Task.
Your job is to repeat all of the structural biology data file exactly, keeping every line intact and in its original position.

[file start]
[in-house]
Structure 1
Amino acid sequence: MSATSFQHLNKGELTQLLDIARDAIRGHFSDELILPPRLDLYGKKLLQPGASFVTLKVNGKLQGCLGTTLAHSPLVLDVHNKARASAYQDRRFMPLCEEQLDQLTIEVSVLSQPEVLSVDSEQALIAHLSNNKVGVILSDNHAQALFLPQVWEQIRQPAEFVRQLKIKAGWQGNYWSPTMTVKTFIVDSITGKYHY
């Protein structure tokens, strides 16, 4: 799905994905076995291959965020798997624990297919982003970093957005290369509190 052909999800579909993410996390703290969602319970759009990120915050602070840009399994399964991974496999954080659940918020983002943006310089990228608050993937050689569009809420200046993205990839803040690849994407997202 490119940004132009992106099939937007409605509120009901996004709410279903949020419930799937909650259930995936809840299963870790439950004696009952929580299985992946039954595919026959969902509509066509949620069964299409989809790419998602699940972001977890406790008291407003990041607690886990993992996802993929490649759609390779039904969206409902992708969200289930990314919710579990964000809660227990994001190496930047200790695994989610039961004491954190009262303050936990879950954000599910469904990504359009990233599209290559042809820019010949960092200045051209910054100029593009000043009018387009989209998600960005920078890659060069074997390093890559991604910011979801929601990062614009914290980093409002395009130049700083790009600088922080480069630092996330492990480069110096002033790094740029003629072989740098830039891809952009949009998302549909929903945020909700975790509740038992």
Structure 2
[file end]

[in-house]
Structure 1
Amino acid sequence: MSATSFQHLNKGELTQLLDIARDAIRGHFSDELILPPRLDLYGKKLLQPGASFVTLKVNGKLQGCLGTTLAHSPLVLDVHNKARASAYQDRRFMPLCEEQLDQLTIEVSVLSQPEVLSVDSEQALIAHLSNNKVGVILSDNHAQALFLPQVWEQIRQPAEFVRQLKIKAGWQGNYWSPTMTVKTFIVDSITGKYHY
């Protein structure tokens, strides 16, 4: 799905994905076995291959965020798997624990297919982003970093957005290369509190 052909999800579909993410996390703290969602319970759009990120915050602070840009399994399964991974496999954080659940918020983002943006310089990228608050993937050689569009809420200046993205990839803040690849994407997202 490119940004132009992106099939937007409605509120009901996004709410279903949020419930799937909650259930995936809840299963870790439950004696009952929580299985992946039954595919026959969902509509066509949620069964299409989809790419998602699940972001977890406790008291407003990041607690886990993992996802993929490649759609390779039904969206409902992708969200289930990314919710579990964000809660227990994001190496930047200790695994989610039961004491954190009262303050936990879950954000599910469904990504359009990233599209290559042809820019010949960092200045051209910054100029593009000043009018387009989209998600960005920078890659060069074997390093890559991604910011979801929601990062614009914290980093409002395009130049700083790009600088922080480069630092996330492990480069110096002033790094740029003629072989740098830039891809952009949009998302549909929903945020909700975790509740038992």
Structure 2